In “The Awakening of Miss Prim,” the title character’s awakening and education in the most natural ways of friendship illuminate for her the great wisdom and tradition of marriage, which modern education and ideology in their blatant ignorance have relegated to the past as a useless, unnecessary institution.
In Natalie Fenollera Sanmartin’s bestseller The Awakening of Miss Prim, Miss Prudencia Prim has accepted a position as a gentleman’s personal librarian in the small village of San Ireneo. In the course of the several months she lives among these countercultural, politically-incorrect inhabitants who homeschool their families, practice old-world gracious hospitality, live balanced lives not consumed by work, and find time for study, conversation, and friendship, Prudencia encounters many traditional ideas of marriage that challenge her modern feminist view.
When the florist Madame Hortensia Oeillet jokingly asks her where she left her wedding ring, Prudencia defensively asserts, “I’m not married, if that’s what you mean,” and she contends that she has no desire for marriage, even though the florist compliments her as an attractive, refined, intelligent woman who would be an ideal wife: “You’re very kind, but I have no intention of ever getting married…. I’m not in favor of marriage; for me, it makes no sense.” The florist, always shocked at declarations against matrimony because of the great happiness she and the women of San Ireneo enjoy as wives and mothers, nevertheless seeks some area of common ground for agreement. They both reject the idea of marriage as a mere legal agreement with bureaucratic procedures, registries, and public officials, and Madame Oeillet affirms this consensus: “Marriage can be many things, both good and bad, but you must agree that none of them has much to do with bureaucracy.” Although the women in San Ireneo defend traditional marriages, they welcome the opinionated Miss Prim into their company with the utmost courtesy and graciousness. They sense that she is the product of modern education and ideological indoctrination that defy common sense and traditional wisdom.
When she meets with her employer (“The Man in the Wing Chair”), she finds him, although a bachelor, also a staunch advocate of marriage and soon learns that everyone in San Ireneo is of like mind. He compares modern feminism to Carrie Nation’s crusade to ban alcohol by going into bars with hatchets to smash all the bottles—so-called liberators who are only committed to violence and destruction. When Prudencia accepts an invitation to the local Feminist League, she is expecting an introduction to a liberal political organization, only to discover that this “feminist” league consists of women who embrace motherhood, femininity, and all the domestic arts that civilize human life. The elegance, hospitality, kindness, and charm of these married professional women who sacrificed career for family surprise Prudencia.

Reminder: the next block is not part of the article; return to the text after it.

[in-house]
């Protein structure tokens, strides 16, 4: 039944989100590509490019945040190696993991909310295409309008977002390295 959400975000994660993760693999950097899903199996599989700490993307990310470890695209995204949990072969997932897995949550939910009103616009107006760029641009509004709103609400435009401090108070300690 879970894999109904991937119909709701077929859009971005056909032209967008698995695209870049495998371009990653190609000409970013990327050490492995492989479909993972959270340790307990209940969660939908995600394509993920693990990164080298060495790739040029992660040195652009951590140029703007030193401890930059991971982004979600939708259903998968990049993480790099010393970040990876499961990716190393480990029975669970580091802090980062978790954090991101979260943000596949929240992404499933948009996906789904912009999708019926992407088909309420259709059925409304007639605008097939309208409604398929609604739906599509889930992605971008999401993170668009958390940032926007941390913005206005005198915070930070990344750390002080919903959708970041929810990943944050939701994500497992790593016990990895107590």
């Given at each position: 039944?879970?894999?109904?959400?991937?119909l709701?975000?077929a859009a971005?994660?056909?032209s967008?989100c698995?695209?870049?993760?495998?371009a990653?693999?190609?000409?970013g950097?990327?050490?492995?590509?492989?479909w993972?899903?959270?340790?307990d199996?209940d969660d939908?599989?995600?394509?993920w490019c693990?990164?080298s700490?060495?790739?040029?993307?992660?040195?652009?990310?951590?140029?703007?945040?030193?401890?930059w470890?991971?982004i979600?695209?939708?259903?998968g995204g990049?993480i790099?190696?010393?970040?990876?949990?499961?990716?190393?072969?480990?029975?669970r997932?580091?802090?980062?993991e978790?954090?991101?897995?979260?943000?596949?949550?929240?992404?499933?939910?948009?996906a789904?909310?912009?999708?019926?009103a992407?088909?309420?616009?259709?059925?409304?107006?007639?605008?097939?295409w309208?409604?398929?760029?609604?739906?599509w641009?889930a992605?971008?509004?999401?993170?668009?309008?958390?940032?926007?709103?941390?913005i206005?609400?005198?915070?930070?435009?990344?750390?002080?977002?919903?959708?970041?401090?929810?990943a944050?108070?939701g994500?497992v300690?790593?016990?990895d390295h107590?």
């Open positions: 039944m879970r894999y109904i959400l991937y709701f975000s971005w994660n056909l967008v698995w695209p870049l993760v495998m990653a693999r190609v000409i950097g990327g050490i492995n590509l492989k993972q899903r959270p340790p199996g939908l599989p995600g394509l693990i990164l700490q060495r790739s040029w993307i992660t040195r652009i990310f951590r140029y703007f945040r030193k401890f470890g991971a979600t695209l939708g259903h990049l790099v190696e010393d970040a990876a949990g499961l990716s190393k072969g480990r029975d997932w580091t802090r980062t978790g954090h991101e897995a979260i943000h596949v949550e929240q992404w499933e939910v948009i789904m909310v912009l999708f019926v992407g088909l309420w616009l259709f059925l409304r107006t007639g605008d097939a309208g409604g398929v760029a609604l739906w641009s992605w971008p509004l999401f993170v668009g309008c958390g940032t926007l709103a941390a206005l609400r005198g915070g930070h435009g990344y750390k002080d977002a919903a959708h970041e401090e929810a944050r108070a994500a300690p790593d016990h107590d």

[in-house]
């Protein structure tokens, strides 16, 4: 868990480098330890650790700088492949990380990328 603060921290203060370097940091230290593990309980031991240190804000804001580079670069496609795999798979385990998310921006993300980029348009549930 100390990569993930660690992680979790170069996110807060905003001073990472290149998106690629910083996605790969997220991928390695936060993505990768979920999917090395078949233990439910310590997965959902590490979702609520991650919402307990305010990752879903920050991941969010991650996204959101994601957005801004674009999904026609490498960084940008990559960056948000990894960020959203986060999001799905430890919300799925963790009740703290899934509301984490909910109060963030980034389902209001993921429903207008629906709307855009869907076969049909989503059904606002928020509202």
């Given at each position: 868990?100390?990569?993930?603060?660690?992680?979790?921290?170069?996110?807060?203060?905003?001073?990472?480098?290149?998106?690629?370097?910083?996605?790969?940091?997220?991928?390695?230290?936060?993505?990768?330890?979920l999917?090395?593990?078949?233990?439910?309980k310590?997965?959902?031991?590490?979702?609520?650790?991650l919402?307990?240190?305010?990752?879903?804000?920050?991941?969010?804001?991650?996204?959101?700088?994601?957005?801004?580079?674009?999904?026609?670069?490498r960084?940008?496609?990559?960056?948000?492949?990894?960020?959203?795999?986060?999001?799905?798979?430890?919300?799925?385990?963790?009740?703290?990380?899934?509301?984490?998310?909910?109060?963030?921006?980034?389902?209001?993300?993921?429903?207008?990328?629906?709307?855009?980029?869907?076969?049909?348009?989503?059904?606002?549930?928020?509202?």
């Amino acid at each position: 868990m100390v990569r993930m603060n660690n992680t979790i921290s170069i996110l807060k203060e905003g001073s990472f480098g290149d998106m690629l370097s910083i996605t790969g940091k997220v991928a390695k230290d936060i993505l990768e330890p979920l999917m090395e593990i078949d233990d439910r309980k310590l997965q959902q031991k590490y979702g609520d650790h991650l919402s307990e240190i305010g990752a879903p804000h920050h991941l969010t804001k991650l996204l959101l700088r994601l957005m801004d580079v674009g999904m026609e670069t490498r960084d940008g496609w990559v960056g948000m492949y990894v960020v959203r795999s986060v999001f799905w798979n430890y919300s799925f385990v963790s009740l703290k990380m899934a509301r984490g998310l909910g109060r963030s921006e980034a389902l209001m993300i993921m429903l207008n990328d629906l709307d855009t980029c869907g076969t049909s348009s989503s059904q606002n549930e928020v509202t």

They feel absolutely liberated and organize their time more freely than their husbands. No one feels enslaved or oppressed. Prudencia argues, “Surely, you don’t believe that a woman should still depend on a man?” She is not prepared for the sharp retort she receives. Herminia Treaumont, however, reminds Prudencia that she lives in a man’s house, works for a man by following his orders, and receives her salary from the same man: “Did you really imagine that you’d freed yourself from dependence on a man?” Prudencia quickly learns that married women have more freedom than she imagines: “None of us has to keep their opinions our opinions to ourselves, as I’m sure you have to in your conversations with your employer.”
When Prudencia learns that one item on the agenda of The Feminist League is to find her a husband, she finds herself perturbed: “Believe me, ladies, if I really wanted a husband I would look for a husband myself.” Yet Prudencia does not feel too offended. She senses the good hearts and kind ways of these maternal women thinking of her best interests. She begins to reconsider her position on marriage because “if someone as beautiful and intelligent as Herminia considered marriage essential to a woman’s well-being, who was she to cast doubt on it so emphatically?” Miss Prim admits to herself that she scorned what she presumed she would never attain. While she ponders the question of marriage, Prudencia learns of the unfortunate situation of Eugenia Lott whose husband mysteriously left her for many years, only to return unexpectedly. Eugenia explains that she had stopped waiting for him after many years and resumed her life, but she had never considered divorce and remarriage. When Mr. Mott does return and apologizes, Eugenia—to the astonishment of Prudencia—accepts him, despite the stern condemnation of Eugenia’s weakness and forgiveness voiced by the Man in the Wing Chair’s mother, a divorcee: “She mustn’t take him back. She mustn’t let that man into her house again.” Eugenia’s story offers Prudencia a truth about the indissolubility of marriage which her modern education and feminist ideology never teach.